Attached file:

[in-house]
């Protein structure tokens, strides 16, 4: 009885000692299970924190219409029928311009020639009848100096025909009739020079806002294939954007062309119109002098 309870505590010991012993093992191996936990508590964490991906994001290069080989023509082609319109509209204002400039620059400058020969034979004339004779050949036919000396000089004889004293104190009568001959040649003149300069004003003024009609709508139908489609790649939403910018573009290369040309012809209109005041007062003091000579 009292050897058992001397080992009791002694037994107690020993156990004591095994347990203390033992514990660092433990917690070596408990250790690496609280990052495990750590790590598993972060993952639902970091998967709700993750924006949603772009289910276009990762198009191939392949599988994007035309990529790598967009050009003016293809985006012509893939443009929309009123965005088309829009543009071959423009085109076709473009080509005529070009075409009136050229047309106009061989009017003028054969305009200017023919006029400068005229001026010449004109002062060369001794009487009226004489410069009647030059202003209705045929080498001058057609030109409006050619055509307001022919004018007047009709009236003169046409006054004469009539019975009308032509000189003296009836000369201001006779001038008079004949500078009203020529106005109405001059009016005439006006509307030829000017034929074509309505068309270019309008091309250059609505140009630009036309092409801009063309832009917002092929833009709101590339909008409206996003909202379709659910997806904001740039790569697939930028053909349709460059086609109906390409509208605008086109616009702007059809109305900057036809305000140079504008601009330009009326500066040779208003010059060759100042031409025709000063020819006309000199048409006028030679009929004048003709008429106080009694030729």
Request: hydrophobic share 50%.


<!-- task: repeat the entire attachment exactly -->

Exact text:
[in-house]
């Protein structure tokens, strides 16, 4: 009885000692299970924190219409029928311009020639009848100096025909009739020079806002294939954007062309119109002098 309870505590010991012993093992191996936990508590964490991906994001290069080989023509082609319109509209204002400039620059400058020969034979004339004779050949036919000396000089004889004293104190009568001959040649003149300069004003003024009609709508139908489609790649939403910018573009290369040309012809209109005041007062003091000579 009292050897058992001397080992009791002694037994107690020993156990004591095994347990203390033992514990660092433990917690070596408990250790690496609280990052495990750590790590598993972060993952639902970091998967709700993750924006949603772009289910276009990762198009191939392949599988994007035309990529790598967009050009003016293809985006012509893939443009929309009123965005088309829009543009071959423009085109076709473009080509005529070009075409009136050229047309106009061989009017003028054969305009200017023919006029400068005229001026010449004109002062060369001794009487009226004489410069009647030059202003209705045929080498001058057609030109409006050619055509307001022919004018007047009709009236003169046409006054004469009539019975009308032509000189003296009836000369201001006779001038008079004949500078009203020529106005109405001059009016005439006006509307030829000017034929074509309505068309270019309008091309250059609505140009630009036309092409801009063309832009917002092929833009709101590339909008409206996003909202379709659910997806904001740039790569697939930028053909349709460059086609109906390409509208605008086109616009702007059809109305900057036809305000140079504008601009330009009326500066040779208003010059060759100042031409025709000063020819006309000199048409006028030679009929004048003709008429106080009694030729």
Request: hydrophobic share 50%.